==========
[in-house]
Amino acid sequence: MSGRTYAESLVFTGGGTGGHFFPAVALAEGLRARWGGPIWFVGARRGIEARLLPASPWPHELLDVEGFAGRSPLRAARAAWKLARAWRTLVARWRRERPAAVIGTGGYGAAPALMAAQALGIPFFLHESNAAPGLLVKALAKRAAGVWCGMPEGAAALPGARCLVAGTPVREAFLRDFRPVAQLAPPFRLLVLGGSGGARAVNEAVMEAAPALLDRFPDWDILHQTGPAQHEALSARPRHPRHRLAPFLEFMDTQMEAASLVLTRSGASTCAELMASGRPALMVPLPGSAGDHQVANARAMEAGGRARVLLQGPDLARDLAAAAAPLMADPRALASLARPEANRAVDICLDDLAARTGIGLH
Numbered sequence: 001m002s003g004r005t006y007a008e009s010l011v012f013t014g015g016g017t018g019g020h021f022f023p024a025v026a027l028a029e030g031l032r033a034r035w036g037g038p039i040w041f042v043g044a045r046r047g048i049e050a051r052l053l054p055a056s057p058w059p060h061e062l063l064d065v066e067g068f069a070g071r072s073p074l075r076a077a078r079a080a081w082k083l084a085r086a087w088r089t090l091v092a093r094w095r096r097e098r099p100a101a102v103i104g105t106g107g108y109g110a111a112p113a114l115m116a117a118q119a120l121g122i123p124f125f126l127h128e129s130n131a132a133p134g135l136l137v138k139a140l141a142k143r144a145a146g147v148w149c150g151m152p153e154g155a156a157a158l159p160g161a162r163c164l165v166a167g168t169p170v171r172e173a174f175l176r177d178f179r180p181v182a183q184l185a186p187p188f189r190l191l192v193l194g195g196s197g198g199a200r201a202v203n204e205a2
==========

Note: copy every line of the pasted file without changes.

[in-house]
Amino acid sequence: MSGRTYAESLVFTGGGTGGHFFPAVALAEGLRARWGGPIWFVGARRGIEARLLPASPWPHELLDVEGFAGRSPLRAARAAWKLARAWRTLVARWRRERPAAVIGTGGYGAAPALMAAQALGIPFFLHESNAAPGLLVKALAKRAAGVWCGMPEGAAALPGARCLVAGTPVREAFLRDFRPVAQLAPPFRLLVLGGSGGARAVNEAVMEAAPALLDRFPDWDILHQTGPAQHEALSARPRHPRHRLAPFLEFMDTQMEAASLVLTRSGASTCAELMASGRPALMVPLPGSAGDHQVANARAMEAGGRARVLLQGPDLARDLAAAAAPLMADPRALASLARPEANRAVDICLDDLAARTGIGLH
Numbered sequence: 001m002s003g004r005t006y007a008e009s010l011v012f013t014g015g016g017t018g019g020h021f022f023p024a025v026a027l028a029e030g031l032r033a034r035w036g037g038p039i040w041f042v043g044a045r046r047g048i049e050a051r052l053l054p055a056s057p058w059p060h061e062l063l064d065v066e067g068f069a070g071r072s073p074l075r076a077a078r079a080a081w082k083l084a085r086a087w088r089t090l091v092a093r094w095r096r097e098r099p100a101a102v103i104g105t106g107g108y109g110a111a112p113a114l115m116a117a118q119a120l121g122i123p124f125f126l127h128e129s130n131a132a133p134g135l136l137v138k139a140l141a142k143r144a145a146g147v148w149c150g151m152p153e154g155a156a157a158l159p160g161a162r163c164l165v166a167g168t169p170v171r172e173a174f175l176r177d178f179r180p181v182a183q184l185a186p187p188f189r190l191l192v193l194g195g196s197g198g199a200r201a202v203n204e205a2